LISBON, N.D. — As Lisbon’s first female police officer, Chief Jeanette Persons has earned a few nicknames in her career.

When she trained to become a fully licensed police officer in 1997, she was 49 years old, roughly 25 years older than the other trainees in her class.

“They gave me the nickname Mom,” the 71-year-old said. “A couple of them, they still call me that when we see each other.”

The police chief of 14 years has decided to hang up her badge. The Lisbon Police Department held a retirement party for Persons Thursday, Dec. 5, and her last day is Dec. 15.

“It’s a combination of mixed feelings,” she said when asked how she felt about retiring. “It’s just opening up a whole new chapter in my life. It’s going to be very strange not being employed.”

WDAY logo
listen live
watch live

Persons has been with the department since 1997, and she was promoted to chief in October 2005.

She's one of at least three female police chiefs currently serving in North Dakota. Most recently, Robyn Krile was sworn in last week as the Lincoln police chief.

Jacquelyn Halonen became New Town's police chief in August, according to the New Town News, a weekly publication.

Originally from the small North Dakota town of Dazey, Persons said she always wanted to work in law enforcement. “Since I was a little girl, I was always fascinated by it,” she said.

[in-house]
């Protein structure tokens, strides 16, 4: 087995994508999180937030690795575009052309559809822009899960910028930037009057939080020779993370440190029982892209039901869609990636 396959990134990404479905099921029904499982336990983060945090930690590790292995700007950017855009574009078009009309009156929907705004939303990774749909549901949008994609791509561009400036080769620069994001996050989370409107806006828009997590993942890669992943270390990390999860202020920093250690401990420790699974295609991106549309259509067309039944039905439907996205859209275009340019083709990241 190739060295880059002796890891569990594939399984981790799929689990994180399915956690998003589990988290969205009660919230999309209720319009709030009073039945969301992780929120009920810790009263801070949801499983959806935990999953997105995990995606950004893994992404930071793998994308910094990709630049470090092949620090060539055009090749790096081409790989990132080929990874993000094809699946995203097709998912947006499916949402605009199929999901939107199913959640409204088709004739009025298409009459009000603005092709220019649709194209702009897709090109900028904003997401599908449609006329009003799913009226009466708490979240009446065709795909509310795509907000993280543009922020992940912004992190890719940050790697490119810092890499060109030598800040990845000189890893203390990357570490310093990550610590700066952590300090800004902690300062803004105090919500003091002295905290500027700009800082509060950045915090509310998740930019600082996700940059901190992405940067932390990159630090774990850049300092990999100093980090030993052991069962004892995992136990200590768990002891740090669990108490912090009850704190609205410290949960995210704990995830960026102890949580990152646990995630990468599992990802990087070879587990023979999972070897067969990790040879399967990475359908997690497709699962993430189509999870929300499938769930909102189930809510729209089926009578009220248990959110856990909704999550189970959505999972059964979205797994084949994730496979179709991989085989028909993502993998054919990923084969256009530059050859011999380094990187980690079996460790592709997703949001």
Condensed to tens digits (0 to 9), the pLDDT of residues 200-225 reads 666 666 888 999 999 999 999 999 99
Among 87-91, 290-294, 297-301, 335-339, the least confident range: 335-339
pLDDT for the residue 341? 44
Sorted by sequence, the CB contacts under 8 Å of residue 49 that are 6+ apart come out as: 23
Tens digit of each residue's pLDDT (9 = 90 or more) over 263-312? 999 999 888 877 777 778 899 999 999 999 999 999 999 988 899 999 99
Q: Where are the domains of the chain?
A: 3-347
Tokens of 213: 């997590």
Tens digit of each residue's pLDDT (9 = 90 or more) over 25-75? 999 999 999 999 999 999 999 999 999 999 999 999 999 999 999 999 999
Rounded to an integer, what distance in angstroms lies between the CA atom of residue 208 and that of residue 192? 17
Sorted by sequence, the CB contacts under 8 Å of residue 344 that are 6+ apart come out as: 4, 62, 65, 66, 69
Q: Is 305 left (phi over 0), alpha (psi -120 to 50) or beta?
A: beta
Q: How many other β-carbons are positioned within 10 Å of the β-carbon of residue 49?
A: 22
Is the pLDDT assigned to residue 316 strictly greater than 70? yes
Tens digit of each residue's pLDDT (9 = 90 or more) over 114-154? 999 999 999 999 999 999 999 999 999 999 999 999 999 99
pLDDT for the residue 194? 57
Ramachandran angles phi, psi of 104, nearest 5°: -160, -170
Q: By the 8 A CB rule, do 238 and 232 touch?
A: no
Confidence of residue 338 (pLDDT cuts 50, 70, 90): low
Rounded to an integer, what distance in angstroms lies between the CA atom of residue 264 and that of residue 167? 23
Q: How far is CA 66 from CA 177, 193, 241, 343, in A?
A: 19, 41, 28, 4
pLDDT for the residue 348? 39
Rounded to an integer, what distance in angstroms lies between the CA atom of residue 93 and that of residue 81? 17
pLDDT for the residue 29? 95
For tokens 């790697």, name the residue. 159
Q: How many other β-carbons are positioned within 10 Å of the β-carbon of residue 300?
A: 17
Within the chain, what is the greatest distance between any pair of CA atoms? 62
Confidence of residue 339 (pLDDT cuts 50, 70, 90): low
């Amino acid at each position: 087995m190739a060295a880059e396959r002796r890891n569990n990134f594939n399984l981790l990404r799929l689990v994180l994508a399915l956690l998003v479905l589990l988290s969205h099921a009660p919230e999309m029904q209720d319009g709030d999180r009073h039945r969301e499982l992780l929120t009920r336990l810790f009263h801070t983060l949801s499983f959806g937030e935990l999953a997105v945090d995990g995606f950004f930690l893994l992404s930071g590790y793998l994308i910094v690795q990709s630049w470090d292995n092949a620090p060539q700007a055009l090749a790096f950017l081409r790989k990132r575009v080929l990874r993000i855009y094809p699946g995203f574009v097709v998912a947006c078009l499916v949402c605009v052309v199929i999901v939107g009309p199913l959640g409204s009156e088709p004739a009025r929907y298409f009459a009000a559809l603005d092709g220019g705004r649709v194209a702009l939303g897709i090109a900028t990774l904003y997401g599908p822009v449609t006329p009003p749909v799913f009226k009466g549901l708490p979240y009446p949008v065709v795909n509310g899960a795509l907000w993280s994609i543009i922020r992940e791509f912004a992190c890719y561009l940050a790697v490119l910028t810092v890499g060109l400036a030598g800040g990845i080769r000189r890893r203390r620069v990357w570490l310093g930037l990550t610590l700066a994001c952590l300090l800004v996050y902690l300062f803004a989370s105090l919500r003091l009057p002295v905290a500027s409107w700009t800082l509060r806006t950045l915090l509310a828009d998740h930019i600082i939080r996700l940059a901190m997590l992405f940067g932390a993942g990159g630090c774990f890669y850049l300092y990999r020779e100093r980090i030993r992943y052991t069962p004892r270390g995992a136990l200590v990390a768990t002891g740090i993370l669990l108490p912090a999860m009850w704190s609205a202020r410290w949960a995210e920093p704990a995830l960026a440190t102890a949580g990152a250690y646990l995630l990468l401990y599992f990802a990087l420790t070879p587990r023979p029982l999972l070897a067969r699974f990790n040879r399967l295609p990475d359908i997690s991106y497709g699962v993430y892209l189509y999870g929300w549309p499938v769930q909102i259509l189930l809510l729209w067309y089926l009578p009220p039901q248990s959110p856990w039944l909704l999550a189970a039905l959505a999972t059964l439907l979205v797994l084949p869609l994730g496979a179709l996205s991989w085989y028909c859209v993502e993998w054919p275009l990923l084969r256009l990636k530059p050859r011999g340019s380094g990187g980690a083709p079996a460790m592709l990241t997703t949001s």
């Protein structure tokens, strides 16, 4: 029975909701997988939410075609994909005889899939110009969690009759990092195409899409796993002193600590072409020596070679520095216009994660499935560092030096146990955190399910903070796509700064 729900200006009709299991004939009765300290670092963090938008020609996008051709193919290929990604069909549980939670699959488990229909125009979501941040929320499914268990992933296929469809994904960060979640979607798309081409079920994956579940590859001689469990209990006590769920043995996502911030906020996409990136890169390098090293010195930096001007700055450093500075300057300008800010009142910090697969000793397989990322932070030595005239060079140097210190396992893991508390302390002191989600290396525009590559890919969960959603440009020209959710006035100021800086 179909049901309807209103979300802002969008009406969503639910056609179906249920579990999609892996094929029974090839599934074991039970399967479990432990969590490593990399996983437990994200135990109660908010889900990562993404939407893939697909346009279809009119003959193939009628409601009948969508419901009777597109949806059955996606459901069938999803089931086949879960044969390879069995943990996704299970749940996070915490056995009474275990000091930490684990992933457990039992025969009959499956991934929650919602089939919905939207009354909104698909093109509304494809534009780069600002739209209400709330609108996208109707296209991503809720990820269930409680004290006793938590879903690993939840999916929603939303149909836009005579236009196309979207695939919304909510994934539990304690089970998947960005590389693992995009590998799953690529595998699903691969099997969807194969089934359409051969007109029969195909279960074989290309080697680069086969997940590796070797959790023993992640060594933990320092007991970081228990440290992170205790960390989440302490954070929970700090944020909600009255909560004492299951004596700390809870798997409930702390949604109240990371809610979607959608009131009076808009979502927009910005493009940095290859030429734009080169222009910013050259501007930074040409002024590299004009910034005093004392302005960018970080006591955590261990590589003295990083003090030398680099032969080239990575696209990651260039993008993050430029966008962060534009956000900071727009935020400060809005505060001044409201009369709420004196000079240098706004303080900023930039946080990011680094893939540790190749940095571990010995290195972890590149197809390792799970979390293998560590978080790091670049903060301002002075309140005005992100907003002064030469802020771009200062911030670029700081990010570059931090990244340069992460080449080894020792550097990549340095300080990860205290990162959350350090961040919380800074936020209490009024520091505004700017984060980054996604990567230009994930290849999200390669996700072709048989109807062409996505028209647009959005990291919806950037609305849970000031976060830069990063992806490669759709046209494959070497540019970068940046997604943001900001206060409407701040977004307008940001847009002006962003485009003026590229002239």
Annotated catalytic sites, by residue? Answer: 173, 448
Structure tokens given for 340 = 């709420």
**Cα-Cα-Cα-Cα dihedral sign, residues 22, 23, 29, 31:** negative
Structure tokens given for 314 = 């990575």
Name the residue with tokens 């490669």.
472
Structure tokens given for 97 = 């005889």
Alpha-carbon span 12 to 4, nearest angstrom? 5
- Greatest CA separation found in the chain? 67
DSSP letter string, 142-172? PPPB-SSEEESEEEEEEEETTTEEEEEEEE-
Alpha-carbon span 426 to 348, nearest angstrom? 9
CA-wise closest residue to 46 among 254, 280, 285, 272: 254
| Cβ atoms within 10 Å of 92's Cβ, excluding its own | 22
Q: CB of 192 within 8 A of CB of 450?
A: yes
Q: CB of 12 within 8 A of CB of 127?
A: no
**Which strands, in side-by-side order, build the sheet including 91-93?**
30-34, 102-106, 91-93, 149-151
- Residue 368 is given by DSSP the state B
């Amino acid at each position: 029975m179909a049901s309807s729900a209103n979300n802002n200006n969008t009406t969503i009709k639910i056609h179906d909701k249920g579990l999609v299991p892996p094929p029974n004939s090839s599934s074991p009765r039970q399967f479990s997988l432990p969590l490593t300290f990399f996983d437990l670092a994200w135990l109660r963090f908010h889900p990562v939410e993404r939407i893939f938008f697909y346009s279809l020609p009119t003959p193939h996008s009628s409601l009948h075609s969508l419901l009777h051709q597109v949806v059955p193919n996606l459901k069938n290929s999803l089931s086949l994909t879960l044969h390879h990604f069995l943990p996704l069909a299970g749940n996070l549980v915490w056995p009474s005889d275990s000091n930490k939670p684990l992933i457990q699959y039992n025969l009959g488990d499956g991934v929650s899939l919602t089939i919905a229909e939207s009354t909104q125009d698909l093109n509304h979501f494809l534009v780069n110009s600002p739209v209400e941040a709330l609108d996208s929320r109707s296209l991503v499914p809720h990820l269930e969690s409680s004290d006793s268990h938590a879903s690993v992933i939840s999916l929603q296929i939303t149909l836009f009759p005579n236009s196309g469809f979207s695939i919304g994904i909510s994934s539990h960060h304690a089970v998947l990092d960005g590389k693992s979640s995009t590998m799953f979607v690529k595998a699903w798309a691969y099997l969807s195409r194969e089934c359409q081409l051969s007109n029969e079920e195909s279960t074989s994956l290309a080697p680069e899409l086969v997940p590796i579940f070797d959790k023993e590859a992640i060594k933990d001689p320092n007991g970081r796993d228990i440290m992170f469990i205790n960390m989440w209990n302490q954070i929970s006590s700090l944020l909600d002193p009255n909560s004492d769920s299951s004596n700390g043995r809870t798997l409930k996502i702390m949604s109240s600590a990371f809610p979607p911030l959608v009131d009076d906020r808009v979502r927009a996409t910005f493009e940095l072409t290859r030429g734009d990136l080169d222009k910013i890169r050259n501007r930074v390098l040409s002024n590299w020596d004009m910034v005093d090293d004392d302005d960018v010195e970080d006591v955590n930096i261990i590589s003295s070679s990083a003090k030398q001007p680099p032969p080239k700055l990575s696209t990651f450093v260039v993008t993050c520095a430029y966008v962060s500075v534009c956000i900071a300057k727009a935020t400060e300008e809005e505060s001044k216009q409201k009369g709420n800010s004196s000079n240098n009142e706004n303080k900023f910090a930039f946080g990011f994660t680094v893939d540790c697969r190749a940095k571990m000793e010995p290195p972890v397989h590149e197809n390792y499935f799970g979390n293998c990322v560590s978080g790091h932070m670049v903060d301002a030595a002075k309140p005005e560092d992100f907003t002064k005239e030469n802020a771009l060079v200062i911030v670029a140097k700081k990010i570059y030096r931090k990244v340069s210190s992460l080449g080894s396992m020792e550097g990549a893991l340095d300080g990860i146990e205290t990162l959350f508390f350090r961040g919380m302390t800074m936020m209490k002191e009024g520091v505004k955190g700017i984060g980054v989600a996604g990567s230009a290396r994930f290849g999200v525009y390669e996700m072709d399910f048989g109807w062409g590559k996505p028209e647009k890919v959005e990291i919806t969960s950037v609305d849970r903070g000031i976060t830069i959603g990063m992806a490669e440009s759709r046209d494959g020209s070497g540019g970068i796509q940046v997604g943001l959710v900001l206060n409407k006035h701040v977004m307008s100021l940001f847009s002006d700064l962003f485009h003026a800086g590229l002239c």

She got a part-time officer license in 1994 so she could serve as a Barnes County Reserve deputy.

Persons had a number of jobs before she was fully licensed as an officer. She worked as a secretary at Valley City State University, as a correctional officer in Valley City and even as a security guard at California’s Magic Mountain amusement park, now known as Six Flags.

She has one child and five grandchildren. When she was first hired as police chief for Lisbon, a town of roughly 2,100 residents about 75 miles southwest of Fargo, she told The Forum her grandchildren called her "Grandma Cop Car" — another nickname that stuck.

Mayor Tim Meyer said Persons is very professional and has helped the city win numerous grants for equipment. She's also been heavily involved with outreach to children through programs like “Shop with a Cop.”

“She’ll be missed,” Meyer said. "She's very good to work with."

Persons said she plans to travel, visit friends and spend time with her family in retirement. Senior Officer Tim Jordan will take over as chief on Dec. 16.

"He will do a great job for this community," Persons said.